Eat to reflect your values: Why meat contributes to climate change

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Each year, more than 9 billion animals are killed for human consumption in the U.S. alone. The Intergovernmental Panel on Climate Change (IPCC) published a report in 2018 outlining the damage that man-made pollution has caused to the planet. Since industrialization, the temperature of the earth has gone up one degree Celsius and is climbing exponentially. Lowering meat consumption is crucial in our fight to resist climate change.

Avoiding meat not only counteracts climate change but also discourages the murder of animals. My parents raised me pescatarian for moral reasons, and as I grew up, I learned about the environmental benefits as well. Typical animal rights activists take the route of the moral argument for limiting meat consumption. Think of documentaries like “Food, Inc.,” “Earthlings” and “Maximum Tolerated Dose,” as well as PETA twitter campaigns that pull the audience’s heartstrings with montages of tortured animals.

What is often left out of the conversation about meat consumption is how climate change affects different populations disproportionately. With rising greenhouse gases, we must look outside solely planetary viewpoints and think about the collateral effects on society, such as environmental racism. In my hometown of Minneapolis, MN, some communities of color live in red zones, or areas of the city with higher levels of air pollution. Low-income communities and communities of color receive the most harmful casualties of air pollution. This includes lung damage and, in extreme cases, shortened lifespans.

In the U.S., we frown upon harming animals, but only certain animals. Cultural norms are the only constructs that give us the license to decide who should be cuddled and who should be eaten. Activists and mainstream western culture condemn the mass killing of dogs in the Yulin Dog Meat Festival, but many continue to eat cows, pigs and chickens. To reference ’90s punk rock band Decrepit’s album title, “If You Love Animals Called Pets… Why Do You Eat Animals Called Dinner?”

Once we recognize that we are not morally superior for eating a different type of animal, we must take steps to stop the injustice toward animals — as well as people and the planet — that results from factory farming. The first step to environmentally-conscious eating is dissolving the purist “all or nothing” mindset: the idea that we must be entirely committed to a cause, or else disregard it entirely. Often, when someone finds out I don’t consume animal products, they try to find something I do that could counteract a “vegan” lifestyle. A common one is, “But your shoes are leather.” Yes, but I’ve had them for years and will not buy more leather. That doesn’t invalidate other efforts I’m making to be environmentally conscious. Not everyone will drop everything to live an entirely plant-based lifestyle, but when it comes to halting climate change, small steps are always better than nothing.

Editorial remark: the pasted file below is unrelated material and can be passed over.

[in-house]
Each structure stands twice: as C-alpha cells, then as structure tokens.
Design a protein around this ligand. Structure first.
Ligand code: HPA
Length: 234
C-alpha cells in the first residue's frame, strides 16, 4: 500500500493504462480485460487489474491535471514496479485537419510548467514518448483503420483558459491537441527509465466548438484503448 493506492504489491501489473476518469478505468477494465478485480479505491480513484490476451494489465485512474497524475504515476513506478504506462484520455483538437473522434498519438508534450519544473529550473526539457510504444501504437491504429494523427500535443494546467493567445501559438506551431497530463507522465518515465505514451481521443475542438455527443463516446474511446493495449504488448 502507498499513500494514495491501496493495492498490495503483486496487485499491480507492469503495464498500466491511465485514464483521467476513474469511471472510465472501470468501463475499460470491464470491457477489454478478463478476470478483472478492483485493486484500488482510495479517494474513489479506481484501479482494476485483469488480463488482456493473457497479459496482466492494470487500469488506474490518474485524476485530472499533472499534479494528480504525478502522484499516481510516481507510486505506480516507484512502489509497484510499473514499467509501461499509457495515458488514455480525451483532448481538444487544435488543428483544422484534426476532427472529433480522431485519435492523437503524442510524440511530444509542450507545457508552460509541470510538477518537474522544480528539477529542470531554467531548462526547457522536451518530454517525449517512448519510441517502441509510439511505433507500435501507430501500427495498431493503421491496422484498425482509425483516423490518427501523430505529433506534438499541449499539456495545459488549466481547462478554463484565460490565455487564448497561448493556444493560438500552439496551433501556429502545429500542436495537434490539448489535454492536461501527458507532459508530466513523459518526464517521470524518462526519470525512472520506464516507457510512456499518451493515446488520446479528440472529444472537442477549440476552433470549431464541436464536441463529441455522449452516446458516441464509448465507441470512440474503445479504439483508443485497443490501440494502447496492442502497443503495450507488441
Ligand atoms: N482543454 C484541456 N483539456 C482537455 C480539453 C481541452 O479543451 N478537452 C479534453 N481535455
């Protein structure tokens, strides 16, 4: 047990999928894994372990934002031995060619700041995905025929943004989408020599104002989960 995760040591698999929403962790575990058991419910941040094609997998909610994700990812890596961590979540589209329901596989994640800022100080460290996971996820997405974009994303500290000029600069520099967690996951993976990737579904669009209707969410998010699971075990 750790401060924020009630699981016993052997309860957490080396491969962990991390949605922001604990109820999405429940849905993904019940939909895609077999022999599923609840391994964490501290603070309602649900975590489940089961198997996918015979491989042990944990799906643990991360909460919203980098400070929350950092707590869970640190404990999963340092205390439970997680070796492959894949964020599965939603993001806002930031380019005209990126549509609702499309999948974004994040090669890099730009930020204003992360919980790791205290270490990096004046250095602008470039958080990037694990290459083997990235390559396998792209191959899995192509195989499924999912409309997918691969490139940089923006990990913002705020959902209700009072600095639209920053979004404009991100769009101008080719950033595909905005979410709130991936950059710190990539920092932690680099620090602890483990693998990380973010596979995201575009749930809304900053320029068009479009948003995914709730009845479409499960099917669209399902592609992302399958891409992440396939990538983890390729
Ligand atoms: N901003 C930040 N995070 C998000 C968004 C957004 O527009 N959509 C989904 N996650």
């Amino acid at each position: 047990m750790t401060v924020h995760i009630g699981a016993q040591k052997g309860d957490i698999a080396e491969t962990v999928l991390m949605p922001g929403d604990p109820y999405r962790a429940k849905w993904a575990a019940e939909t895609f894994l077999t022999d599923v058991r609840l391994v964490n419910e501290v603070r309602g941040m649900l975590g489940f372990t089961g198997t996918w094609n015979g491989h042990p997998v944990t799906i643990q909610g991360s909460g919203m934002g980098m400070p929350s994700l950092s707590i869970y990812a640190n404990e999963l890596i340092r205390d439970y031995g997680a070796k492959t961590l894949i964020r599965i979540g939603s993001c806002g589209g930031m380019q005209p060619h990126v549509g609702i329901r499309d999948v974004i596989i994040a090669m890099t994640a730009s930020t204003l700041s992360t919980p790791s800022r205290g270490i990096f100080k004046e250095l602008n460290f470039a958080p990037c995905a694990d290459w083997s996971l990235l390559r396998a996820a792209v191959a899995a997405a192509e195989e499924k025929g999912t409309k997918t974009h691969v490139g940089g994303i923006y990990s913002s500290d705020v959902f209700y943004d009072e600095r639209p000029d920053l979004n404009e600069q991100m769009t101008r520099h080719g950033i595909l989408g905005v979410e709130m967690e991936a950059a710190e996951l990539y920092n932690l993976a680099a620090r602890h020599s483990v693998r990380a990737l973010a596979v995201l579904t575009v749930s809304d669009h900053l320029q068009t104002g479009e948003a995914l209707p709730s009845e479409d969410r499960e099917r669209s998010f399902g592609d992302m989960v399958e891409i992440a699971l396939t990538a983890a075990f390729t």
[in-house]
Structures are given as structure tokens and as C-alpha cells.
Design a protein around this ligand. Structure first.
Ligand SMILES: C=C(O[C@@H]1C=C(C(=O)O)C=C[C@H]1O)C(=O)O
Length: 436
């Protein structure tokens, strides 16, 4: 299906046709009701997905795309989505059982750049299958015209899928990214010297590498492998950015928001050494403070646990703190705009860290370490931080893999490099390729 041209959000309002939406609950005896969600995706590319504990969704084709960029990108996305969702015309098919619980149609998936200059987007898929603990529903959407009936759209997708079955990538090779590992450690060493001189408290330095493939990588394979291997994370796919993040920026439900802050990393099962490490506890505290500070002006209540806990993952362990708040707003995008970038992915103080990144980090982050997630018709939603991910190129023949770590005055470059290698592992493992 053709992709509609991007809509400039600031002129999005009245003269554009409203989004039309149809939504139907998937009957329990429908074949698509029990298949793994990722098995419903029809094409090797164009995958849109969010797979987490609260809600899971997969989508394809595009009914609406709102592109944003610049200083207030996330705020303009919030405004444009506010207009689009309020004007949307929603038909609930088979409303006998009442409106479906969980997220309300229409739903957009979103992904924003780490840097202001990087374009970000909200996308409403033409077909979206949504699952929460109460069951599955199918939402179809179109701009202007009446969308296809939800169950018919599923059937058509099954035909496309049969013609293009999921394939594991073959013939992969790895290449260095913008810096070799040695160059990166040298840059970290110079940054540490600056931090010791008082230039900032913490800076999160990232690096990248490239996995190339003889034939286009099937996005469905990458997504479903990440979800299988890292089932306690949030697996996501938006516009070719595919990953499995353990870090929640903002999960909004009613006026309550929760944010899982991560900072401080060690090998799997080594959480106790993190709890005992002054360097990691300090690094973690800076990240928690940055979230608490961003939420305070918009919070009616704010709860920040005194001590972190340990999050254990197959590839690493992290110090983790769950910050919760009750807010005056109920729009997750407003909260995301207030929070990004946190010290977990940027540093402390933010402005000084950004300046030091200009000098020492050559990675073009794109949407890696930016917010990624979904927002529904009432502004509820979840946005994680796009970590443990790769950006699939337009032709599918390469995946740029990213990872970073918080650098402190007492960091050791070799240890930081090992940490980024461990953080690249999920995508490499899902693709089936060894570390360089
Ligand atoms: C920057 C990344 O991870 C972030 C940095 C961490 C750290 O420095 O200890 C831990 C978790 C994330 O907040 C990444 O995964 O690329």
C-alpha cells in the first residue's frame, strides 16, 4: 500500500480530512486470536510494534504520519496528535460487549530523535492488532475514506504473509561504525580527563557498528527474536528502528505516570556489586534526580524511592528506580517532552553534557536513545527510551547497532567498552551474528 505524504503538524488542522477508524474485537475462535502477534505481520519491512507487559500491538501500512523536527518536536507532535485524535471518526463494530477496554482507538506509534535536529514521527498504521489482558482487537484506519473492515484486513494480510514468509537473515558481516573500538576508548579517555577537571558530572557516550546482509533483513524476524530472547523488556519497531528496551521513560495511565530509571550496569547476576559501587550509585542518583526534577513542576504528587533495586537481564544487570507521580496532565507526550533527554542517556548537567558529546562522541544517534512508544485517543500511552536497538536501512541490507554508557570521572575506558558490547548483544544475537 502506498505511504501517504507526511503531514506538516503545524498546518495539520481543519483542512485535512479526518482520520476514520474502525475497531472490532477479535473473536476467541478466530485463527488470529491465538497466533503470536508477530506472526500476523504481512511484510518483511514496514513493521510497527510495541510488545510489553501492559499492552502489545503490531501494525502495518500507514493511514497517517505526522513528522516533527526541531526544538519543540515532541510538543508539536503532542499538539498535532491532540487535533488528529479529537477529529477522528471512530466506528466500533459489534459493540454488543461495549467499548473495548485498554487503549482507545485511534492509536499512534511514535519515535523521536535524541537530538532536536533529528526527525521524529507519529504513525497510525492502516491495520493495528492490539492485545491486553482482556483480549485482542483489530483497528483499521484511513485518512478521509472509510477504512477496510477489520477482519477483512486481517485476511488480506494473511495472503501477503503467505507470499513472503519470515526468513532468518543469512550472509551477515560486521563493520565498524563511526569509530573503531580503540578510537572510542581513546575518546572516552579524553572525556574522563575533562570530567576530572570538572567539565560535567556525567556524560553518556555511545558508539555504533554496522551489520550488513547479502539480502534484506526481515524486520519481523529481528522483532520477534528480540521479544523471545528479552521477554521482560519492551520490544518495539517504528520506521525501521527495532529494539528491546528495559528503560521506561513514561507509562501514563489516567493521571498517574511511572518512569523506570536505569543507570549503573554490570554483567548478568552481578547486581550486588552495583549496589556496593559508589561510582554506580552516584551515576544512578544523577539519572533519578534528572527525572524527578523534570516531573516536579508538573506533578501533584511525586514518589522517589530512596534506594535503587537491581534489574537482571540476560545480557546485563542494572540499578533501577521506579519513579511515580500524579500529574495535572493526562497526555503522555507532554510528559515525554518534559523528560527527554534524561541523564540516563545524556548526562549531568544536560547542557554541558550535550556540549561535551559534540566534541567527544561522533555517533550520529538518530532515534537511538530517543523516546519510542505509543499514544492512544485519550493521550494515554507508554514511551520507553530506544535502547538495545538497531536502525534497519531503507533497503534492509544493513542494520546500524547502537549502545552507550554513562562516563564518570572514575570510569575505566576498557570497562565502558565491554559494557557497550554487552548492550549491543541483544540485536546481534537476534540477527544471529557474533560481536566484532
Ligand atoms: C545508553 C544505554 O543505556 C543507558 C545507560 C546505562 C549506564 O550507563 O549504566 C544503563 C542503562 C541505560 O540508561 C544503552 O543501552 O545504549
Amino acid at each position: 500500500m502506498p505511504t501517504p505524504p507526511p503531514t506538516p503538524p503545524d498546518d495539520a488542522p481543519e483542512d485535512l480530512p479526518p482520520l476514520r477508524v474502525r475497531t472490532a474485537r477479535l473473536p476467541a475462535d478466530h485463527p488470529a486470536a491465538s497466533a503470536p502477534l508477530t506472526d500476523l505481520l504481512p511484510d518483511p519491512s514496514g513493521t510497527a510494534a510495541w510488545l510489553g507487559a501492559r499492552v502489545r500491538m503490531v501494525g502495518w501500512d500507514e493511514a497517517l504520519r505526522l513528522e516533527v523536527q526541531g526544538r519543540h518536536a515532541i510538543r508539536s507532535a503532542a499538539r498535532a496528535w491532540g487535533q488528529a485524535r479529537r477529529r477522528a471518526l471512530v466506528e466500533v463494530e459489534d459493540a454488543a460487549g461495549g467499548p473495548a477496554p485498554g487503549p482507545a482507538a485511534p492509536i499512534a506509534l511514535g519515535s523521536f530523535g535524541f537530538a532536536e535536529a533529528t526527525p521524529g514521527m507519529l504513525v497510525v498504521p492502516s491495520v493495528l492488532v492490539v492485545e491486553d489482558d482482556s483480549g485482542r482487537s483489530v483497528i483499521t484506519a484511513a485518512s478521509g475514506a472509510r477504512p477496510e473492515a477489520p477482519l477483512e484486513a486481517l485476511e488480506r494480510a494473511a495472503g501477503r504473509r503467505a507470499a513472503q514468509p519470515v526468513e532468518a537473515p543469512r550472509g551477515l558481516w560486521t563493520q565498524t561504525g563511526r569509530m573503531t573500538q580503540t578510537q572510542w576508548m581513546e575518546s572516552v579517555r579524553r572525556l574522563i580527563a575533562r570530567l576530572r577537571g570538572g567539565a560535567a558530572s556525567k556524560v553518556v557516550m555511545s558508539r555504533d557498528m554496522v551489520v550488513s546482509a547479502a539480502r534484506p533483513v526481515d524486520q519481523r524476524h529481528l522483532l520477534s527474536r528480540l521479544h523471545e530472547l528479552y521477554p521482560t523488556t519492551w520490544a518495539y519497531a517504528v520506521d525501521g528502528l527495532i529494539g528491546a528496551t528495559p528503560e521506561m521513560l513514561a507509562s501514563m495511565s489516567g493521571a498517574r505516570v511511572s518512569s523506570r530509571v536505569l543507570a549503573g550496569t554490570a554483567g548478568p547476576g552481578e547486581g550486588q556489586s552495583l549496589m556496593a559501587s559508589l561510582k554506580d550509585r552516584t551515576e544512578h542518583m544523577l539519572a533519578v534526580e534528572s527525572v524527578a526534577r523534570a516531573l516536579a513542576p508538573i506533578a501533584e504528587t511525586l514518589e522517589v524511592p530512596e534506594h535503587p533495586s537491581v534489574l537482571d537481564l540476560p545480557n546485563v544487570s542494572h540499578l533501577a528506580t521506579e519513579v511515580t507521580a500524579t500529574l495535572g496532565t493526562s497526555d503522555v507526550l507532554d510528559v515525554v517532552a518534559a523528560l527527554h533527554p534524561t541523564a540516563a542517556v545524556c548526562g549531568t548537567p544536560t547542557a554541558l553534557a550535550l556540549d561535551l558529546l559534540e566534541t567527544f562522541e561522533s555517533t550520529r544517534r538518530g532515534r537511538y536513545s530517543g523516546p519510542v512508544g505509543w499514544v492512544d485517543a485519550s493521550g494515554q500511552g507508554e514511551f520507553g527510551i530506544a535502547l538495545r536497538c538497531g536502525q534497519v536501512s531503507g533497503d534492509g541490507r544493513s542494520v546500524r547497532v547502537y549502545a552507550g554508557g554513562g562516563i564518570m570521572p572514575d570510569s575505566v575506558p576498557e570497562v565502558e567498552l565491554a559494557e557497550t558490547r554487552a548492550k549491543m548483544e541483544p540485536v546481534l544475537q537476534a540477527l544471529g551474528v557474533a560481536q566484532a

I made the leap to cutting out all animal products and byproducts when I started school in LA. For me, it was easy to eliminate animal byproducts because I rarely ate dairy and never had to cut meat out of my diet. For others, the switch to planet-conscious eating can be more difficult. However, by changing our mindsets and pushing ourselves out of our respective comfort zones, we can hinder climate change and the murder of animals.

I often hear people making excuses to not be vegan. They say if being vegan wasn’t expensive, they would do it. However, being vegan is not any more expensive than a non-vegan diet. In fact, eating less meat can actually be less expensive if you know how to navigate it. On a large scale, there is a positive correlation between gross domestic product and meat consumption: the poorest countries eat the least amount of meat. Cutting out meat saves you money and is better for the economy. Budget is not a valid excuse to continue eating meat.

It’s ignorant to say everyone should be vegan without taking their circumstances into account. I have been privileged enough to access information that has allowed me to understand the importance of avoiding meat — such as the fact that farming is responsible for 574 million metric tons of carbon dioxide emissions per year in the US. However, every person at this institution of higher learning is educated enough not to claim ignorance about the harm that factory farming causes. The systematic oppression of animals and the planet is not directly our fault as individuals, but we have the power to resist by not buying meat and putting our money into the hands of the industry.

Ultimately, we must make small changes in our diet to promote animal and environmental well-being. I urge you to step outside of your comfort zone; if everyone stays comfortable in their past habits and doesn’t change, neither will our trend toward a dying planet. We act in ways that reflect our values. Let’s do the same with eating.

Julia Eubanks is an undeclared first year. She can be reached at jeubanks@oxy.edu.